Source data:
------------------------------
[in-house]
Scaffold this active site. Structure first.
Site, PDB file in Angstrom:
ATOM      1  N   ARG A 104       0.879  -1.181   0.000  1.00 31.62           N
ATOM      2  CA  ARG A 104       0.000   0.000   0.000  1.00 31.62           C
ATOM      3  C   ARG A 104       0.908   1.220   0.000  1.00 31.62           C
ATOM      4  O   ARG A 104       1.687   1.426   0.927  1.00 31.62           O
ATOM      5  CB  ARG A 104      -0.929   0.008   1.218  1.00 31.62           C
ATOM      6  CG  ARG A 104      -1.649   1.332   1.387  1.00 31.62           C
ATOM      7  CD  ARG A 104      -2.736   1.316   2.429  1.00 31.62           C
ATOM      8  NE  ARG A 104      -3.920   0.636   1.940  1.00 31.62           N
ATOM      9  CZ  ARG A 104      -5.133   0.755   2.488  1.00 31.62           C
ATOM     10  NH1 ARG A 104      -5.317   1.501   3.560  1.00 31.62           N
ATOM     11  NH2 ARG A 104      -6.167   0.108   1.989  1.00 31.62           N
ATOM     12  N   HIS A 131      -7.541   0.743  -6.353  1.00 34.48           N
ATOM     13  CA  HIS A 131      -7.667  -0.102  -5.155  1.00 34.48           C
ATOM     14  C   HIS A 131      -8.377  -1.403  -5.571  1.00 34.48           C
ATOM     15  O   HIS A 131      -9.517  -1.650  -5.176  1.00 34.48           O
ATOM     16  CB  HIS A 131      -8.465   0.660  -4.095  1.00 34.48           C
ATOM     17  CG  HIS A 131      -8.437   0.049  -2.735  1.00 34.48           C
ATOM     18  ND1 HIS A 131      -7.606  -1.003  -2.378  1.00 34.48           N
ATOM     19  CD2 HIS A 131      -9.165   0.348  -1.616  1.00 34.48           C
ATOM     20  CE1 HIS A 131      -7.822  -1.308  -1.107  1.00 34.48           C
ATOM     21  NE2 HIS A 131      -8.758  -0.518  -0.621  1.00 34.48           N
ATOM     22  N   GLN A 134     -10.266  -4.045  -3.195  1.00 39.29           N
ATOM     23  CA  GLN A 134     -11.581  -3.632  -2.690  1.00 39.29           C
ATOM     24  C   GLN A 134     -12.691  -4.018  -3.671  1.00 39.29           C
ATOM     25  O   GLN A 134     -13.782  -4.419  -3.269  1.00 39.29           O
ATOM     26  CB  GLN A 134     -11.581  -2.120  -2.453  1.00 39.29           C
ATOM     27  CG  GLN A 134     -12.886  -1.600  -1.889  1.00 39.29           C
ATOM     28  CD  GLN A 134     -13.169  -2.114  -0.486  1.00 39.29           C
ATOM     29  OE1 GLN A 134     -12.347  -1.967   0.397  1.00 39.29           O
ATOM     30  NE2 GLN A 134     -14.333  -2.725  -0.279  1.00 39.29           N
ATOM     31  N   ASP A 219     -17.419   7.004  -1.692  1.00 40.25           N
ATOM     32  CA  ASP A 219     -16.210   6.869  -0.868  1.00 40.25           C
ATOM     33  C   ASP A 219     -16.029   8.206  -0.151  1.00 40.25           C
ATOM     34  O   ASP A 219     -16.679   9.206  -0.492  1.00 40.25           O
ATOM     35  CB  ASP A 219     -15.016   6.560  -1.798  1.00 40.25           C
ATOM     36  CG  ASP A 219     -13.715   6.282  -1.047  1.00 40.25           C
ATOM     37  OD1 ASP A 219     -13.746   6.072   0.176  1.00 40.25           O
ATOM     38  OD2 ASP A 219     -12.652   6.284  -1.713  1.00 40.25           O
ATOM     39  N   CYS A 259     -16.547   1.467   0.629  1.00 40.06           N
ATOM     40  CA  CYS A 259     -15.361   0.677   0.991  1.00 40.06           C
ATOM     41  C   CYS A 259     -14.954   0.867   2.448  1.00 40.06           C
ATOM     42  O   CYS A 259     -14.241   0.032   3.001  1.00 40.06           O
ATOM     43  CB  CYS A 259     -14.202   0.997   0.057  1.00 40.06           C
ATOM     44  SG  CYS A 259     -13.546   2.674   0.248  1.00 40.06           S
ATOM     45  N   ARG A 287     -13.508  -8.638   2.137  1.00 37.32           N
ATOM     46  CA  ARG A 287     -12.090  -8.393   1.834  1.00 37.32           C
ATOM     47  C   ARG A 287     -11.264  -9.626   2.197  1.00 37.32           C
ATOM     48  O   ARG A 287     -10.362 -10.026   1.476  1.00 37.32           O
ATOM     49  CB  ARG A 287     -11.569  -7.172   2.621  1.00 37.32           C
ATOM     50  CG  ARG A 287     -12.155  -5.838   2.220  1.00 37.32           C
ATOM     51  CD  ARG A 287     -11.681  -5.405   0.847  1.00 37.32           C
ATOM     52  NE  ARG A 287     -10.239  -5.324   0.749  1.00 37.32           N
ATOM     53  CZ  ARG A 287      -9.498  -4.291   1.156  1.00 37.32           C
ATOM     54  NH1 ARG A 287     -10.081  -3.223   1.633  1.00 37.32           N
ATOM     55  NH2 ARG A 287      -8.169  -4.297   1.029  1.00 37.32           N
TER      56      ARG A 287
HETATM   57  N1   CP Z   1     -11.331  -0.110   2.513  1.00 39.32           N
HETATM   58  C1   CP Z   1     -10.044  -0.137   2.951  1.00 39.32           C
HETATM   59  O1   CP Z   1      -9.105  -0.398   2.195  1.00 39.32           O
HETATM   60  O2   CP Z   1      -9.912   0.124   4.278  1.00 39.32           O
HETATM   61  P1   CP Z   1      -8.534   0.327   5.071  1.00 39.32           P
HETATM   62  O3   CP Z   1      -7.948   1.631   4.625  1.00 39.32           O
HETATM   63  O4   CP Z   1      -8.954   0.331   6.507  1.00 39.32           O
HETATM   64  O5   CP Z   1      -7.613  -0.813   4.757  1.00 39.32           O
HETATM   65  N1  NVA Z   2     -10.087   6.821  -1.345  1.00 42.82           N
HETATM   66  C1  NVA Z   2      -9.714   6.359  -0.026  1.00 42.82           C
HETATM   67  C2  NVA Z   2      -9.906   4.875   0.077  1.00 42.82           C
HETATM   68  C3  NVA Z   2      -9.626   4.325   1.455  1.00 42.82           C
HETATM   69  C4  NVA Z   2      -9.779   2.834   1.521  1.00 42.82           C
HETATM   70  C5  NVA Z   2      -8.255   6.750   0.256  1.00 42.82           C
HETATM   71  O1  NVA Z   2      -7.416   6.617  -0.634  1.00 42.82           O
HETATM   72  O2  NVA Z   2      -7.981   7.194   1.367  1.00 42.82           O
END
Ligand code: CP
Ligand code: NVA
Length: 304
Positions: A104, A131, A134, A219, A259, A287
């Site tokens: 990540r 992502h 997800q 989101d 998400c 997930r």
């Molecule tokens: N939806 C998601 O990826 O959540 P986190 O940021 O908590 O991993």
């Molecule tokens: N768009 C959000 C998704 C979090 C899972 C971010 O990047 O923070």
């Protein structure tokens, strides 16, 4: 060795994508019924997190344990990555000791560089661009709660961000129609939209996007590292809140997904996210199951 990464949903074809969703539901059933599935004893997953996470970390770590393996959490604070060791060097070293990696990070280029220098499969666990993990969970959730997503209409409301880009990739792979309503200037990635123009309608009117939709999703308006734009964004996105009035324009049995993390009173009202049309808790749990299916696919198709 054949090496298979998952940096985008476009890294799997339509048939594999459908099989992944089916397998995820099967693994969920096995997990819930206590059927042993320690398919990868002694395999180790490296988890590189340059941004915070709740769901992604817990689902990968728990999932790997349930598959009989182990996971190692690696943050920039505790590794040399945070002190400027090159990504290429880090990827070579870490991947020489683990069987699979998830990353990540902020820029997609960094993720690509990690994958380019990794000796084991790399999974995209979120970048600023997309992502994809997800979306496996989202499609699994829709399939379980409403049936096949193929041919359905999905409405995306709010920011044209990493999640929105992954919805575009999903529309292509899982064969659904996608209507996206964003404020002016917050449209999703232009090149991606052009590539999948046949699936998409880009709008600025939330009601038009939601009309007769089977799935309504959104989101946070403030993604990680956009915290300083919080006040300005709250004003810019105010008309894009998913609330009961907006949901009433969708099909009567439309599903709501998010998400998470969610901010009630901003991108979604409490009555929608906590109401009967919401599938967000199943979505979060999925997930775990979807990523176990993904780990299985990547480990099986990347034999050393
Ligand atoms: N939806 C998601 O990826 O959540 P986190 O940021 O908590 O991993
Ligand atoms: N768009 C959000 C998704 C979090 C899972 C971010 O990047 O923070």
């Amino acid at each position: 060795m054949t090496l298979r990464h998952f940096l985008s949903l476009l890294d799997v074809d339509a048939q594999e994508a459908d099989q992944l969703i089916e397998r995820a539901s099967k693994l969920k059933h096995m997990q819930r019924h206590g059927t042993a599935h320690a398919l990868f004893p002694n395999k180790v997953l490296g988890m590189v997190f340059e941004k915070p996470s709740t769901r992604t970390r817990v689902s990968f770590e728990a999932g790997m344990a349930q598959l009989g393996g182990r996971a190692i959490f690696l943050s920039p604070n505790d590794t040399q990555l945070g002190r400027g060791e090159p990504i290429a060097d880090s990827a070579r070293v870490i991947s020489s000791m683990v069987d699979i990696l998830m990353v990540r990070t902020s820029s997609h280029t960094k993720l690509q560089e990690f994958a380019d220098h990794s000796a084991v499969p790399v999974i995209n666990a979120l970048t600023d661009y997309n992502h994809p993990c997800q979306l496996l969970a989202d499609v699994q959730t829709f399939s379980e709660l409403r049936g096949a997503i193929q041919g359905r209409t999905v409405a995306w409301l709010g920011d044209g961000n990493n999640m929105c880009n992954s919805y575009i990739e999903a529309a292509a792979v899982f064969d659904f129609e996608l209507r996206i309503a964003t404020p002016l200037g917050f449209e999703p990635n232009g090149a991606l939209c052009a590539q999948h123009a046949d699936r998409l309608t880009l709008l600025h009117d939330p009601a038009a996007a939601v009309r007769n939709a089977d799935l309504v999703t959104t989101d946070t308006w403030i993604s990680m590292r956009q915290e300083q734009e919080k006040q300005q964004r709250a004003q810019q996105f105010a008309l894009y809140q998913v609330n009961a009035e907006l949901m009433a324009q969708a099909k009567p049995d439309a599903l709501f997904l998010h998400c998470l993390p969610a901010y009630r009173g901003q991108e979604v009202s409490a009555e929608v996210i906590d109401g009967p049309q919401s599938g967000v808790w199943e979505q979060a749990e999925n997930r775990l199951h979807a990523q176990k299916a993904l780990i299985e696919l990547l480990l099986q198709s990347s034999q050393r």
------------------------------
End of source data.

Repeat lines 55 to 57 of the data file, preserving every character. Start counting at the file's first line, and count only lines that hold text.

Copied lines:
ATOM     52  NE  ARG A 287     -10.239  -5.324   0.749  1.00 37.32           N
ATOM     53  CZ  ARG A 287      -9.498  -4.291   1.156  1.00 37.32           C
ATOM     54  NH1 ARG A 287     -10.081  -3.223   1.633  1.00 37.32           N